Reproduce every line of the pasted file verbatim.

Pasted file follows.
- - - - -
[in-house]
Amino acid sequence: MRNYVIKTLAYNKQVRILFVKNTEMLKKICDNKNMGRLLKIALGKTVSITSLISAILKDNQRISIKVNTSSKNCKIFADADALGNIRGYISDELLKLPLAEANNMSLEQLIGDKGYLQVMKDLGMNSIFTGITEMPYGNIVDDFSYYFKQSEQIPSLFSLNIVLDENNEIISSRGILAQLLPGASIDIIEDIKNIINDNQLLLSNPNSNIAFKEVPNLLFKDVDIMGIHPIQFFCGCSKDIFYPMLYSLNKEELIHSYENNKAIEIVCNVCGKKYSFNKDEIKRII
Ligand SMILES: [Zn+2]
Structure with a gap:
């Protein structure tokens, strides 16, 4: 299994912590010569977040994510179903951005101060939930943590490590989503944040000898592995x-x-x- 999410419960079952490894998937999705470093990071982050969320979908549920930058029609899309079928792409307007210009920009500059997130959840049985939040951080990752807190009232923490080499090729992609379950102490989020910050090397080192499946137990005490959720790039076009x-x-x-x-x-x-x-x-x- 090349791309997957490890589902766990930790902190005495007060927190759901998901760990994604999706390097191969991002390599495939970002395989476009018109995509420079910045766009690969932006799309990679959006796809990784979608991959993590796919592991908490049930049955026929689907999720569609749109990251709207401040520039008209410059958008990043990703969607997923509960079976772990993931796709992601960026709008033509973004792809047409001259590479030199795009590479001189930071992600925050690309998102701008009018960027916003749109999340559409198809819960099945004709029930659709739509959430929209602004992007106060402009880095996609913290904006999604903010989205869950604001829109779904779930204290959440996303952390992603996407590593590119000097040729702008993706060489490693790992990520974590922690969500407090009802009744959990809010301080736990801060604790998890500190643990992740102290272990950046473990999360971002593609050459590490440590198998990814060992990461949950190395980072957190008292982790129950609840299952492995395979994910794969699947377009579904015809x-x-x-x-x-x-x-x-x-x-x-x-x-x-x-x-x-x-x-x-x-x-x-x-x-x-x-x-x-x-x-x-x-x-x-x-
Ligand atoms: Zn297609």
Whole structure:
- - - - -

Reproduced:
[in-house]
Amino acid sequence: MRNYVIKTLAYNKQVRILFVKNTEMLKKICDNKNMGRLLKIALGKTVSITSLISAILKDNQRISIKVNTSSKNCKIFADADALGNIRGYISDELLKLPLAEANNMSLEQLIGDKGYLQVMKDLGMNSIFTGITEMPYGNIVDDFSYYFKQSEQIPSLFSLNIVLDENNEIISSRGILAQLLPGASIDIIEDIKNIINDNQLLLSNPNSNIAFKEVPNLLFKDVDIMGIHPIQFFCGCSKDIFYPMLYSLNKEELIHSYENNKAIEIVCNVCGKKYSFNKDEIKRII
Ligand SMILES: [Zn+2]
Structure with a gap:
């Protein structure tokens, strides 16, 4: 299994912590010569977040994510179903951005101060939930943590490590989503944040000898592995x-x-x- 999410419960079952490894998937999705470093990071982050969320979908549920930058029609899309079928792409307007210009920009500059997130959840049985939040951080990752807190009232923490080499090729992609379950102490989020910050090397080192499946137990005490959720790039076009x-x-x-x-x-x-x-x-x- 090349791309997957490890589902766990930790902190005495007060927190759901998901760990994604999706390097191969991002390599495939970002395989476009018109995509420079910045766009690969932006799309990679959006796809990784979608991959993590796919592991908490049930049955026929689907999720569609749109990251709207401040520039008209410059958008990043990703969607997923509960079976772990993931796709992601960026709008033509973004792809047409001259590479030199795009590479001189930071992600925050690309998102701008009018960027916003749109999340559409198809819960099945004709029930659709739509959430929209602004992007106060402009880095996609913290904006999604903010989205869950604001829109779904779930204290959440996303952390992603996407590593590119000097040729702008993706060489490693790992990520974590922690969500407090009802009744959990809010301080736990801060604790998890500190643990992740102290272990950046473990999360971002593609050459590490440590198998990814060992990461949950190395980072957190008292982790129950609840299952492995395979994910794969699947377009579904015809x-x-x-x-x-x-x-x-x-x-x-x-x-x-x-x-x-x-x-x-x-x-x-x-x-x-x-x-x-x-x-x-x-x-x-x-
Ligand atoms: Zn297609």
Whole structure: